Another interesting strength of Nightingale is in her use of statistics. In contrast to modern nurses, Nightingale loved the field of statistics and was quite creative in her use of numbers. She actually reformed the British military health care system by demonstrating statistically a dramatic drop in mortality rates when soldiers were in the care of nurses. During the war that statistic went from a 43% death rate to a 2% death rate due to the incredible reforms in hospital care she pioneered. Speaking of pioneering, the field of statistics considers Florence one of their pioneers as she created the first pie chart that clearly shows metric relationships among various segments of a whole. Several years ago the magazine, Science News, ran a feature on Florence as their pioneer, showing her on the cover with a replica of one of her pie charts. http://www.sciencenews.org/index/generic/activity/view/id/38937/title/Florence_Nightingale_The_passionate_statistician

Nightingale’s life reflects a wholesome integration of intellect and spirit. She was brilliant; considered a mystic – one who has received a revelation directly from God. As I read Barbara Dossey’s book about Florence’s life, I was amazed to learn she wrote and spoke in five languages. She even made notes in her bible in five languages, which meant she could actually think in different languages. http://www.dosseydossey.com/barbara/book.html

She walked among the pallets in the rat and vermin infested hospitals for the lowly foot soldiers, whispering words of encouragement and hope to the suffering soldiers. She embodied the twin values of knowledge and compassion. The lowly soldiers nicknamed her “The Lady with the Lamp.” They told their parents and families about this remarkable woman. Word quickly spread throughout England that “a high-class lady” was saving lives in Crimea. Grateful parents began donating small sums of money to what eventually became the Nightingale Fund. Florence used this money to start the first modern school of nursing at St. Thomas Hospital. Therefore the profession of nursing as we know it today was funded, not by the health care system, but from outside sources.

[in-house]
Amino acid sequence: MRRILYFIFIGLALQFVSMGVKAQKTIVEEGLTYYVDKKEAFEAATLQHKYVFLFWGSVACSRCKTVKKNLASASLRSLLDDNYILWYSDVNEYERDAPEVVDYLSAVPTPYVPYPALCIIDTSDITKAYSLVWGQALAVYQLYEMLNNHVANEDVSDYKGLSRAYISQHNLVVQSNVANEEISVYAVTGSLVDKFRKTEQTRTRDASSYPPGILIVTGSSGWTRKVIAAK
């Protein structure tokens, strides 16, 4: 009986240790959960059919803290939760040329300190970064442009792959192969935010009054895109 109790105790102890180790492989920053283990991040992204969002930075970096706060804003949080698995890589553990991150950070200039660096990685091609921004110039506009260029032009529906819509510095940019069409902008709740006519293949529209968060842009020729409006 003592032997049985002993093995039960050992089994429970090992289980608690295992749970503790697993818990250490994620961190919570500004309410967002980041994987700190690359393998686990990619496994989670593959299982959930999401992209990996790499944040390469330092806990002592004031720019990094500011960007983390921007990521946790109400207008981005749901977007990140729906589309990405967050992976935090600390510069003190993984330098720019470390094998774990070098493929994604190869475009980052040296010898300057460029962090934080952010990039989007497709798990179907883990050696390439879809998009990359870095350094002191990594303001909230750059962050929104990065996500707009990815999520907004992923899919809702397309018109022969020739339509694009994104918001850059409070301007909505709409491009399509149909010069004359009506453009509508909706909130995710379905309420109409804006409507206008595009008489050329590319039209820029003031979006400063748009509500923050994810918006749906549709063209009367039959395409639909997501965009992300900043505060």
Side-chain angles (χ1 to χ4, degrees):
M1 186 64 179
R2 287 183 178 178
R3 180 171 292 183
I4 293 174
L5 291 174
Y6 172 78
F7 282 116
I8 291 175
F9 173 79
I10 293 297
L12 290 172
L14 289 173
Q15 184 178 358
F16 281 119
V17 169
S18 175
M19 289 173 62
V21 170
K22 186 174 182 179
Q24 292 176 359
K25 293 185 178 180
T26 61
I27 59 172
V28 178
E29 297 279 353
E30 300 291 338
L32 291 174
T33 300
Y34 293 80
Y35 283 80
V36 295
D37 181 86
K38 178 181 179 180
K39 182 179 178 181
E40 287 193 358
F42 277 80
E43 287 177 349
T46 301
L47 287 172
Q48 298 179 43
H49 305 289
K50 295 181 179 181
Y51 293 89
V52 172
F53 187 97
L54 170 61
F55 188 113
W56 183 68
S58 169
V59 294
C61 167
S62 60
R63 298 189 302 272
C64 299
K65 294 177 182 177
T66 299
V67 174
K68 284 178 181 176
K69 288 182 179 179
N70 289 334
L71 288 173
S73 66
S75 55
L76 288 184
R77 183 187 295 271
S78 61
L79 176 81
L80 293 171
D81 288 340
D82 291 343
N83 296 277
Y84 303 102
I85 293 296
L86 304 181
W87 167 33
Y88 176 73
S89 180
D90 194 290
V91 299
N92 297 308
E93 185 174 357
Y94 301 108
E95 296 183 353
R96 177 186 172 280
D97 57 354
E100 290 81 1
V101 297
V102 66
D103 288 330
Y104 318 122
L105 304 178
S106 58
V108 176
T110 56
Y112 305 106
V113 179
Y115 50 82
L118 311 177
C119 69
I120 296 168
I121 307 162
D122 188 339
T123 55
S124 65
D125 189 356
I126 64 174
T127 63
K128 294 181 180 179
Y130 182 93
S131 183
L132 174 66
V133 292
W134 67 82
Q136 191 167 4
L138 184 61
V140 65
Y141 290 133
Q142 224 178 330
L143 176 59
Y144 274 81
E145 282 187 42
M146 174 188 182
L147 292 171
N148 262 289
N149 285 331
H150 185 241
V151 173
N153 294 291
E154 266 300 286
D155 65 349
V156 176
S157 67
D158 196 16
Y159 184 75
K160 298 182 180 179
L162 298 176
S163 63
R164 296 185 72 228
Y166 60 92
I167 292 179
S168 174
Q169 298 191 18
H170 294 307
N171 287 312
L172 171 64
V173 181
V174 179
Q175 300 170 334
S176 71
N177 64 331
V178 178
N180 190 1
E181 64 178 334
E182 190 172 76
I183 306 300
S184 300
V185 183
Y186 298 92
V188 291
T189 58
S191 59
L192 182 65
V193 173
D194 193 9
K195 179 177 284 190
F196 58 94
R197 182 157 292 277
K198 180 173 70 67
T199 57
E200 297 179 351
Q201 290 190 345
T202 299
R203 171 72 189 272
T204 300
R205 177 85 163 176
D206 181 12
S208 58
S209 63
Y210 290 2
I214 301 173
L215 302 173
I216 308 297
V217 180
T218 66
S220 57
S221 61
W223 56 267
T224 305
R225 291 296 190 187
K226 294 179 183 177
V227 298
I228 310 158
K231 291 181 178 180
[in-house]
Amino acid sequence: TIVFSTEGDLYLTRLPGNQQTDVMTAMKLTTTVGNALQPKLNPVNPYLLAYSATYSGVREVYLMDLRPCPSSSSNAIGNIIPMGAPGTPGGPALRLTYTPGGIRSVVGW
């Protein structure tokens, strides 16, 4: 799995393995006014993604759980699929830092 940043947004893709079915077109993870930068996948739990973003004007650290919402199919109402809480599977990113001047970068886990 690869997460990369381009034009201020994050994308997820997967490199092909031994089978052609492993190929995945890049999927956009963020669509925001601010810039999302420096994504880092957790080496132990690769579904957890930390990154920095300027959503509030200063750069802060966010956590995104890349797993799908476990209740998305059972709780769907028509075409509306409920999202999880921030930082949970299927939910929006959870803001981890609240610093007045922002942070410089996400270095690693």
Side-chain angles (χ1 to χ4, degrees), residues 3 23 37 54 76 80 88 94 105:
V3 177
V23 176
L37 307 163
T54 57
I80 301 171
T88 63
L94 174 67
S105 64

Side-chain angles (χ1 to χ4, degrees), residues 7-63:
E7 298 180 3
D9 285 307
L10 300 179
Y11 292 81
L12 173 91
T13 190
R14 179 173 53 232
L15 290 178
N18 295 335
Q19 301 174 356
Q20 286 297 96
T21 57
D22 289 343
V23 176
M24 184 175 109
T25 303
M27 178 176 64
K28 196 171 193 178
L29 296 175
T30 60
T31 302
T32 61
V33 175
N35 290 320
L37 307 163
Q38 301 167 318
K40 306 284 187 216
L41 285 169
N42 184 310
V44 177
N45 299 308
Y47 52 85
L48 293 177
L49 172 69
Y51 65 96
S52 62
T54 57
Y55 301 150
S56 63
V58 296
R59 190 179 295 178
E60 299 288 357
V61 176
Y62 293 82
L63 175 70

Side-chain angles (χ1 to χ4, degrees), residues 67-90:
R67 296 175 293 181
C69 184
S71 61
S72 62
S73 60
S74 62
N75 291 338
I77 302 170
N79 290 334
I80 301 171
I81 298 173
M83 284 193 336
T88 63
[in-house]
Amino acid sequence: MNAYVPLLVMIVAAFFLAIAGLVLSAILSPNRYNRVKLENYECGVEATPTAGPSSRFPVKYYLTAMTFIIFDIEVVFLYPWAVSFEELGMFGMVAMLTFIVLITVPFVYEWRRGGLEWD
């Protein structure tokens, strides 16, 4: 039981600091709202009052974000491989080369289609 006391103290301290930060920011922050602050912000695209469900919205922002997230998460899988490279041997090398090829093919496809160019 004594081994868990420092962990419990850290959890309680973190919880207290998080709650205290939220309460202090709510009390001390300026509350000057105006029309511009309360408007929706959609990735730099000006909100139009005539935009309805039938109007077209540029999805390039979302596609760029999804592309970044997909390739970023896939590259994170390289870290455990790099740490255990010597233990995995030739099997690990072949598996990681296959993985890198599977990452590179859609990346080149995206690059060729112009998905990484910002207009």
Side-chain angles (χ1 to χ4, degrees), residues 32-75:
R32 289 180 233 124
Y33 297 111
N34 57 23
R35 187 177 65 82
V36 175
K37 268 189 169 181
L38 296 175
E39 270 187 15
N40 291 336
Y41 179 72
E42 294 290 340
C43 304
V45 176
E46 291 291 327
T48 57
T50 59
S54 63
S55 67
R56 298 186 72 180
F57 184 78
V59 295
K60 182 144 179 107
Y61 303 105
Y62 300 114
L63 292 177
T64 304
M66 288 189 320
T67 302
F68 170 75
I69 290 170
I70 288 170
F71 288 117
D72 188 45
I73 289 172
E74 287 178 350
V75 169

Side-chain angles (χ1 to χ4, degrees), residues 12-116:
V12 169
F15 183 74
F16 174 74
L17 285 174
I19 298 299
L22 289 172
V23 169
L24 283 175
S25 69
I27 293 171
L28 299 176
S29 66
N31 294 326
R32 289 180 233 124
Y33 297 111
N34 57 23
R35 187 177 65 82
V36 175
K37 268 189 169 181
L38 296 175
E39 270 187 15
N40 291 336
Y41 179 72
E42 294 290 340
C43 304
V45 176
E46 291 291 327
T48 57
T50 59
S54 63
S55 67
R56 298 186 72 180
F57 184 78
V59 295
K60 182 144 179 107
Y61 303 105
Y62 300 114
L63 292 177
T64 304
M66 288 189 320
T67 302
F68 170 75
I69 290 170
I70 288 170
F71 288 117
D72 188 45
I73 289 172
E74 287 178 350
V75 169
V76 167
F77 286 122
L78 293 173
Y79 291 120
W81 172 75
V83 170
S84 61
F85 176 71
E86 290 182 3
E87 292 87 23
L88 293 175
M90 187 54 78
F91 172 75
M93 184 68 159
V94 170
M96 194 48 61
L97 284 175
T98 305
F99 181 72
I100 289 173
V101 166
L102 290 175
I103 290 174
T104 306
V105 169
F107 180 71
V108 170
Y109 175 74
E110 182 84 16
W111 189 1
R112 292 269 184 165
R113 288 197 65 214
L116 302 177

One of the criteria used to differentiate a profession from an occupation is that a profession is based on a system of values so fundamental to the nature of mankind that those who hold them can be said to profess to them, as in witnessing. Thanks to the seeds planted by Nightingale, nursing has just such a system of values.

Deeply embedded in the profession of nursing is the belief that of all the forms of human interaction, that of one human being helping another is of high value. Such a simple concept, and yet so rare in modern society. We live in a world today that values competitiveness over cooperation; winners are “better” than losers, which rewards aggressive behaviors in the conduct of daily business affairs and that condones violence as an appropriate way to address wrongs.

We work in institutions that are run as businesses, where profitability trumps all other values. Where putting a price tag on the value of nursing has been an elusive goal. I’m sure Nightingale is proud of Linda Aiken’s research showing that when there is a higher ratio of RN’s to other staff, fewer patients die and there are less complications.

Yet, nursing holds on to the value of one human being helping another. We know the incredible privilege we have when people give us access to all levels of their being: their bodies, minds, spirits and emotions and we cherish that privilege. The public’s trust is reflected in the Gallup polls where nursing is consistently the most trusted profession.